BOISE, Idaho — The 2020 Census is the best indicator to see just how fast Idaho is growing.
The data impacts many factors statewide, like funding and political representation. The results were supposed to be available by the end of March, but they likely won’t be available until August or September.
The delay in results is not expected to cause any changes to next year's May primary, but it may cause difficulty for candidates running for office.
“It definitely makes it very difficult on the candidates, especially for the candidates for the legislative districts,” Legislative Service Office Attorney Elizabeth Bowen said.
Bowen is one of two non-partisan members in charge of the bi-partisan committee that draws the legislative and congressional districts in Idaho. The state Senate and House leaders from both parties and the chairs of both state parties select commissioners to be on the six-member committee.
Because the pandemic delayed gathering the information, it has also delayed when the states will get the information back from the census.
“What it means is we will be adopting our redistricting plans much later in the year than we normally would,” Bowen said.
Once the committee meets for the first time, they have 90 days to come up with a plan. They will meet for the first time once the Secretary of State calls for the committee to be formed. The state leaders who select the commissioners have 15 days to make their selection.
“This year, it’s possible they won't even begin to start meeting until October,” Bowen said. “It depends on when we get the data from the Census Bureau.”
In a normal year, the committee would start meeting in the summertime, but without the census data, they can't start.
“That's the only data they can use, Idaho law calls that the exclusive permissible data,” Bowen said.
It’s no secret Idaho has seen a lot of growth in the last decade, but the Gem State is not expected to gain a third seat in congress. Instead, the impacts will be felt in the state legislature.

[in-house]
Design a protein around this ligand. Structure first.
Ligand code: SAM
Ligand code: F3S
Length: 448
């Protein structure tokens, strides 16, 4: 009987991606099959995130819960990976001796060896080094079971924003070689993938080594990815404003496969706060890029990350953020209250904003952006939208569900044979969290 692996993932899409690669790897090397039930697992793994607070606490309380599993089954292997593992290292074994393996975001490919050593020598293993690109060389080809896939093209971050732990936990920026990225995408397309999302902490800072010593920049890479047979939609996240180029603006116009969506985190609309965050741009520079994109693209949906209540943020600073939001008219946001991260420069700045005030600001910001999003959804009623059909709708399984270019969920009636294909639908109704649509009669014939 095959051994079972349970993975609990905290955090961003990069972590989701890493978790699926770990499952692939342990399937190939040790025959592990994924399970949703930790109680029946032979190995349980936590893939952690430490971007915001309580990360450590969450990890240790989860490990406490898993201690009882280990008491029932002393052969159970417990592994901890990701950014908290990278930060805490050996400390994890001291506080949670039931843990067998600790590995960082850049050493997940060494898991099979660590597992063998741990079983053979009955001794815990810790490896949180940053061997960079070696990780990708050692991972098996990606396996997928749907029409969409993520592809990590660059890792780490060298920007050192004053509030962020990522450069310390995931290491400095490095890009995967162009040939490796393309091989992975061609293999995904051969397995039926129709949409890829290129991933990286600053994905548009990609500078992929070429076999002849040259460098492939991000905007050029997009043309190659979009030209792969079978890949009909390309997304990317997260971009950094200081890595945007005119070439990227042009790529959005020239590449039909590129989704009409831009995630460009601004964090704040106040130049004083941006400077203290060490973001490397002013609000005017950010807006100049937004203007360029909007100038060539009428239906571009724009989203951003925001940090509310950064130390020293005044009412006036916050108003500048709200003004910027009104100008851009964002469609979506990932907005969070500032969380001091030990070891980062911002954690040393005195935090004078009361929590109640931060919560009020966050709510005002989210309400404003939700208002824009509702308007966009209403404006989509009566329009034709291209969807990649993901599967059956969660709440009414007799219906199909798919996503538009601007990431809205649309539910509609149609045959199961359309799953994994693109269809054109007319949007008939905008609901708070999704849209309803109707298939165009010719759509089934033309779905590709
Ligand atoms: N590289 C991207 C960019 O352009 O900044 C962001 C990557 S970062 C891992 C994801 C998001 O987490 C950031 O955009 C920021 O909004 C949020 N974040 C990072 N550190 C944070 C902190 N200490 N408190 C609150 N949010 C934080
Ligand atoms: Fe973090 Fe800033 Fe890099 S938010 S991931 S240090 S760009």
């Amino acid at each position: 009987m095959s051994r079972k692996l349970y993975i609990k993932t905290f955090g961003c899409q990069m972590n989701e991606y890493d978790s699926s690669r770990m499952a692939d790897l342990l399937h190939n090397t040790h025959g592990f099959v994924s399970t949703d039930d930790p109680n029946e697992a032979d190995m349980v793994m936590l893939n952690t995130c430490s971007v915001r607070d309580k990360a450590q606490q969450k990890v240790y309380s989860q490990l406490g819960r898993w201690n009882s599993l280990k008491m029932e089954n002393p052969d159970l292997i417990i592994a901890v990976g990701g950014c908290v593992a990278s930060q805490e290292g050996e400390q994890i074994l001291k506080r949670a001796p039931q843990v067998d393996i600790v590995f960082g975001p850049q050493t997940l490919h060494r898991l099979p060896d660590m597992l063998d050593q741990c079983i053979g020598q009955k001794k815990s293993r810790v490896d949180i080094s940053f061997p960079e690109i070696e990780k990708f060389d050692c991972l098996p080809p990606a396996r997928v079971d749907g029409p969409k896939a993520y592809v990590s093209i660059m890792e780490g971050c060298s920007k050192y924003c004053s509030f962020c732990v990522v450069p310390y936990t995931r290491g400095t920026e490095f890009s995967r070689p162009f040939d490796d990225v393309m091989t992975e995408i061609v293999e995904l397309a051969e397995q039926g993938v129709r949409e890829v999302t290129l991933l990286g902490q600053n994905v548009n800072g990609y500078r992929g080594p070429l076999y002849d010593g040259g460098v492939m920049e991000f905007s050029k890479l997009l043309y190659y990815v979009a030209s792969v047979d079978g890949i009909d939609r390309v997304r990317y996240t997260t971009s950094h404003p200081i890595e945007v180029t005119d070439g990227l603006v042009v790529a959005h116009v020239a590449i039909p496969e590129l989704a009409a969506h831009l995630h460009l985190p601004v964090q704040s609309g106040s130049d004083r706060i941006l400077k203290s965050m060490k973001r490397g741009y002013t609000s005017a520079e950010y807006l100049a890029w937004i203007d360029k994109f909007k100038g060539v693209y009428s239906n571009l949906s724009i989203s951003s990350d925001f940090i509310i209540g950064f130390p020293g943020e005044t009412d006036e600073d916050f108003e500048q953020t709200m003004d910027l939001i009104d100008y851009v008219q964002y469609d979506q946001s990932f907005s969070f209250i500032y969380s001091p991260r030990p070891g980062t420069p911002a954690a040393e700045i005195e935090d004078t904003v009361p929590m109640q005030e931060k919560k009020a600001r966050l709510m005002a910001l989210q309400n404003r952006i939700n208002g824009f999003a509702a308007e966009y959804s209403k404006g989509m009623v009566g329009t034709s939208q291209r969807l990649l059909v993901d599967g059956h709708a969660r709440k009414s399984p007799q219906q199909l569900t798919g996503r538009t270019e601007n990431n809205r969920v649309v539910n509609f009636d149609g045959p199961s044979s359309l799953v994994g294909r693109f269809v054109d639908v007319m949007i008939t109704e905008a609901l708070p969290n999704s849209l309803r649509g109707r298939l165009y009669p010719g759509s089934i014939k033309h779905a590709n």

“It will significantly affect the boundaries of especially the legislative districts,” Bowen said. “I think we're anticipating that at least the Treasure Valley will pick up an extra legislative district based on all the growth that has happened here in the last 10 years.”
If the Treasure Valley picks up an extra district, another legislative district in a rural area would go away. The districts are locked in at 35 after voters approved a constitutional amendment in November of 2020.
“It does make it challenging for candidates to decide, 'When should I declare that I'm going to run?'” Bowen said.
Candidates may not know what the district is going to look like until late this year or early next year due to the delay. The candidate's deadline for filing is the end of February.
“The districts will have to be ready by then for people to file,” Bowen said.
KTVB reached out to the Secretary of State's office but no one was available for comment. A spokesperson said as long as the census hits its deadline of the end of September, then Idaho's committee should be able to get together and get the process done in time.
However, the maps are open to legal challenges which if that were to happen, could further extend the timeline of when the districts become final.
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